Keiser also calls attention to the benefits of currency competition.

Keiser outlines its benefits in an interview with George Noulas on Greece’s Sunny Channel where he says,

You have your Euros, but now you have a floating silver drachma [coin]. And every time the banker’s commit more criminal activity, more bailouts, more stimulus, then you can raise the price of silver and your savings are continuously preserved and continuously increasing.

He also states that currency competition would naturally ward off inflation, since the alternative currency (silver in this case) would command a higher price relative to the inflationary fiat currency.

Yet another form of currency competition is being proposed as well. Supporters of a self-issued credit system also argue that it counters inflation, and represents a more decentralized version of the silver competing currency system.


Self-Issued Credit System

Under a self-issued credit system, every individual would be empowered to print their own credit (money).

This ‘credit’, usually in the form of a voucher, would represent a promise to deliver goods and services to the person that would be holding the credit.

For instance, suppose a carpenter were to issue a voucher to a woodworker in exchange for some wood.  The woodworker can then redeem the carpenter’s voucher in exchange for his services as a carpenter.

Note that the woodworker can refuse to accept the carpenter’s voucher, similar to how companies can refuse to accept an individual’s private cheque.

If the woodworker were to reject the carpenters voucher, then no exchange of goods could take place, since the voucher would have no value on its own.

The value of the ‘credit’ is determined by the needs of the public not by the amount of credit in circulation. In this way, self-issued credit eliminates the issue of inflation.

The concept of a self-issued credit system is not new, and had been echoed by many prominent academics of the 19th century including economists Silvio Gesell and Edwin Riegel.



Gesell had been well-known for his theory of Freiwirtschaft, where he postulated for three changes in the economy;

  1. Freigeld (Free Money)
  2. Freiland (All land is owned by the government)
  3. Freihandel (Free Trade)

Gesell had postulated for free credit creation in Worgl (an Austrian city), where his ideas on demurrage based currencies gained popularity. More information on the case of Worgl can be found in the Pt 13 of this series.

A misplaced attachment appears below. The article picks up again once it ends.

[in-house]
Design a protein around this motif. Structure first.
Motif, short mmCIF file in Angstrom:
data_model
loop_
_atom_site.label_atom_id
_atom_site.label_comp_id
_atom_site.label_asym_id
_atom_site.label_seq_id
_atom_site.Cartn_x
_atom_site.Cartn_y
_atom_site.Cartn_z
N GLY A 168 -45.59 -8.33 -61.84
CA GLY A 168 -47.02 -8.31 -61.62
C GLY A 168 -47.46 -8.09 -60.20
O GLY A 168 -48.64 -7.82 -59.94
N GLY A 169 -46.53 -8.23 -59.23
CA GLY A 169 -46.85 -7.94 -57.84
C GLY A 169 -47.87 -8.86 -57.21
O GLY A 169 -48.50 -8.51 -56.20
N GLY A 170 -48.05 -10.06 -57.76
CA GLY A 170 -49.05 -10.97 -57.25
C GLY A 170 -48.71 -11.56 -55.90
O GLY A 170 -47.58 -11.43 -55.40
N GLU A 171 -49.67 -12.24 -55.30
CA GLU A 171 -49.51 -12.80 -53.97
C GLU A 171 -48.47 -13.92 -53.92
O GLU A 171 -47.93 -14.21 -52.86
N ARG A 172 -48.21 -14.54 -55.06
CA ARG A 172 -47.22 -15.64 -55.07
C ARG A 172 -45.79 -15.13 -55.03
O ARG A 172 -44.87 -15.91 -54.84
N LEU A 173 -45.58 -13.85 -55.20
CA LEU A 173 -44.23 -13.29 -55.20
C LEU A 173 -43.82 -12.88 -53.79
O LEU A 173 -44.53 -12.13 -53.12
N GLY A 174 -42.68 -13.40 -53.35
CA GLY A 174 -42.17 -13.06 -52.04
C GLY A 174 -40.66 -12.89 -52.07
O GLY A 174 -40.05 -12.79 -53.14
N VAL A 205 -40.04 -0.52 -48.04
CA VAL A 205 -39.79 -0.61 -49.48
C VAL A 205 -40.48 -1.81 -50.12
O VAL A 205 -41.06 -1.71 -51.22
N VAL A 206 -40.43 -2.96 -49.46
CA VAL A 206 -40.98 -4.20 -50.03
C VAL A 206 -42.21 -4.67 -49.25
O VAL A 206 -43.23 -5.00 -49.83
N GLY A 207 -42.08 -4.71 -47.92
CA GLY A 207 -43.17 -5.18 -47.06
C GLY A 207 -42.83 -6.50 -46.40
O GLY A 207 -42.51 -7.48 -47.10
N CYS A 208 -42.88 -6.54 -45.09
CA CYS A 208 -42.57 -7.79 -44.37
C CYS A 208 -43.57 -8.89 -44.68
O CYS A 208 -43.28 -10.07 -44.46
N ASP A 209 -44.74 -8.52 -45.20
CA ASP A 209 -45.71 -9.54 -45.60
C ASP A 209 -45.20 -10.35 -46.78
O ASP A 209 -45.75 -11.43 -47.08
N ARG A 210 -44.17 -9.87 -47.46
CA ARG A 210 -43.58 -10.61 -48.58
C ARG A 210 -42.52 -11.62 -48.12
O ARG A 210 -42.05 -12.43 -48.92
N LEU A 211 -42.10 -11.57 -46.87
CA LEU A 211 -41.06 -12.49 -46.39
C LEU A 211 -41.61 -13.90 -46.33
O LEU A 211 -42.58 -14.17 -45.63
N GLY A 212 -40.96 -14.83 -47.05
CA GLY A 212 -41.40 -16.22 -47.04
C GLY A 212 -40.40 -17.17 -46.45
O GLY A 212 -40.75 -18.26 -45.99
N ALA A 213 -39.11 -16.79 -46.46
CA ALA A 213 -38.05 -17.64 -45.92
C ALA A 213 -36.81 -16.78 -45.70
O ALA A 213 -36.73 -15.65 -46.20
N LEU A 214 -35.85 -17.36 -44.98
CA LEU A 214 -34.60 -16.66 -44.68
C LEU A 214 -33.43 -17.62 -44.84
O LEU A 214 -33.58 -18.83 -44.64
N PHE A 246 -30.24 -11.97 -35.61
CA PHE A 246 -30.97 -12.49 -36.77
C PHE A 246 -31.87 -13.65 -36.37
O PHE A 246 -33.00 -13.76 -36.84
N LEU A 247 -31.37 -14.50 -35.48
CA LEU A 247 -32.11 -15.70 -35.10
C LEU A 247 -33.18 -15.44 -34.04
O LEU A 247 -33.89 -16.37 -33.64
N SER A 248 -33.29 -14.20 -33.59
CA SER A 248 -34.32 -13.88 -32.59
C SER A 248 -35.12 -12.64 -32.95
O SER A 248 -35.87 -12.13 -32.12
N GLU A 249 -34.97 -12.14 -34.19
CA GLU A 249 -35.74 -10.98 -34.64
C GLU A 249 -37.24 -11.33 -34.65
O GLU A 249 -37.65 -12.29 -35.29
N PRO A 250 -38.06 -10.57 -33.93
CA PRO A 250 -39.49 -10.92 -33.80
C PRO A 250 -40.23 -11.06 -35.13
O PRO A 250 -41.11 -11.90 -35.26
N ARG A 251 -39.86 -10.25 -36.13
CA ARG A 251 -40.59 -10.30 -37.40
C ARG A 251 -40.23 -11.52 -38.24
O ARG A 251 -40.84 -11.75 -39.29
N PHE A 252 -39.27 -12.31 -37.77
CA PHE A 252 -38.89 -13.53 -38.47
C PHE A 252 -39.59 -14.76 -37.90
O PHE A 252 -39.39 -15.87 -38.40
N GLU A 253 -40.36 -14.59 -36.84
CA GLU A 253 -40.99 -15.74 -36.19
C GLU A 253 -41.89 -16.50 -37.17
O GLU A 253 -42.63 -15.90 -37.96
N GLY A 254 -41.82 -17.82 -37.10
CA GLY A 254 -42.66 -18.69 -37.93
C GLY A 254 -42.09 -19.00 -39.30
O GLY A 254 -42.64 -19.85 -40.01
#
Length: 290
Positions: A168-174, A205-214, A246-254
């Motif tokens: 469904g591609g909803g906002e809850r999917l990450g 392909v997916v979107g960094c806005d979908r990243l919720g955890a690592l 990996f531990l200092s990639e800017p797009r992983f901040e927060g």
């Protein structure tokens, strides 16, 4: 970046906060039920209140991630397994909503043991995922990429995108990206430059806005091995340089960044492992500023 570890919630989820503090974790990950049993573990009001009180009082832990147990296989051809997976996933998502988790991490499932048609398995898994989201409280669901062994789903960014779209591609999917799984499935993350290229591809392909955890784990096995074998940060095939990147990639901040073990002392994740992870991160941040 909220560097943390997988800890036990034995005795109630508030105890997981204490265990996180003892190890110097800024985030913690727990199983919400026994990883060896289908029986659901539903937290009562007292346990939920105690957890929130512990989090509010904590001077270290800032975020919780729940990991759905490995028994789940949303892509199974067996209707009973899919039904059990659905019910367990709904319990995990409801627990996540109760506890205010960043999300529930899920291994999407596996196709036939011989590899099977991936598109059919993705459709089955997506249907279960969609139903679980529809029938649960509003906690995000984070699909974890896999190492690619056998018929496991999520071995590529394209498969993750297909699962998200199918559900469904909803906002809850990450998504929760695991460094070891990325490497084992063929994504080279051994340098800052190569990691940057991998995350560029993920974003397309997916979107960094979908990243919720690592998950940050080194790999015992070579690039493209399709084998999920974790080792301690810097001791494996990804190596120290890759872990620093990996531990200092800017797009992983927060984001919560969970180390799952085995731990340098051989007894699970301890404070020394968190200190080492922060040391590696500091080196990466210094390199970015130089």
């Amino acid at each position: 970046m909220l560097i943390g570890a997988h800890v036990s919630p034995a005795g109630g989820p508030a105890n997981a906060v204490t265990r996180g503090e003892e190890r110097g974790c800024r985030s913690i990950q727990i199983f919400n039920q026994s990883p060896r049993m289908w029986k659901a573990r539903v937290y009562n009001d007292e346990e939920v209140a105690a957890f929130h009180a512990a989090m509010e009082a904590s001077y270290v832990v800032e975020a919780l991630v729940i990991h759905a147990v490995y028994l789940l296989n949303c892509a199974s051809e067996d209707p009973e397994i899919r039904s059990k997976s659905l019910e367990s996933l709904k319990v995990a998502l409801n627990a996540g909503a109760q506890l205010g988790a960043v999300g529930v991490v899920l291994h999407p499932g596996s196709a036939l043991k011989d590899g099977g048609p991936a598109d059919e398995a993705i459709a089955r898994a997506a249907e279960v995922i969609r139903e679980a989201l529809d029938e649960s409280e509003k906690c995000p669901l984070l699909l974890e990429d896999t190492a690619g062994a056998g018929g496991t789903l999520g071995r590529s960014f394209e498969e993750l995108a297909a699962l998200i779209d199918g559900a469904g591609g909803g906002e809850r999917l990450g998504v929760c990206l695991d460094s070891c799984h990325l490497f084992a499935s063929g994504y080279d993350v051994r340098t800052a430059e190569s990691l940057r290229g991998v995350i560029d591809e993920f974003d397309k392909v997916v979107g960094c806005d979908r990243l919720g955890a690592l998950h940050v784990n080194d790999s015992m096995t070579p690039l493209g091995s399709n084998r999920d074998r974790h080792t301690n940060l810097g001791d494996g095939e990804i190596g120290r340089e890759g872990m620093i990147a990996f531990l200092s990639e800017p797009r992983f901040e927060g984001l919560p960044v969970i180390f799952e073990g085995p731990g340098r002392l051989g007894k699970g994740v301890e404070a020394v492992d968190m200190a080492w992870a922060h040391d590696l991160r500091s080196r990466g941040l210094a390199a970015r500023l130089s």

Edwin Riegel also spoke favourably towards a self issued credit system.

As early as in 1944, Riegel had called for the issuance of public credit in his book titled: The New Approach to Freedom where he wrote,

To trade goods and services is a natural right of all people. To issue the money necessary to make these exchanges is also the natural right of all people who are intelligent enough to do so. We need not beg for money. We do not need to be money slaves: we can be money masters.

Riegel had been an ardent proponent for the freedom and liberty of all human beings. His stance on freedom led him to challenge the then monetary system, when he argued that people had the power to create their own money.

Later on in his book Riegel added,

It is a remarkable fact that no constitution of any state, nor any declaration of human rights, has ever proclaimed the right of freedom of money issue. Yet this right is inseparable from the right of bargain or exchange, which is the very foundation of liberty. Man’s ignorance of the laws of money has blinded him to the very touchstone of freedom. You are indeed sovereign…if you realize that the citadel of power is your own home and that yours is the majesty and sovereignty, sadness will be dispelled by gladness. To bring this transformation, you must comprehend the power of money and that you are the money power.

Modern day supporters of the self-issued credit system argue that it has numerous benefits over the current monetary system.

These benefits include;

  • Honest individuals with productive capacity will be able to generate credit to back their products. In this way, no one will be deprived the right to create their own money.
  • The public will have the power to refuse payment of any particular creator’s credit coin. This ensures that the public will have the power to boycott fraudulent credit creator’s.
  • If an issuer were to lend more credit than they have in the products to support them, any defaults that occur will greatly reduce the value of their coins.
  • There will be no inflation since the coin’s value will not be determined by the amount of coins in circulation. Instead, inflation will occur if the Issuer raises the price of their product relative to the value of their credit.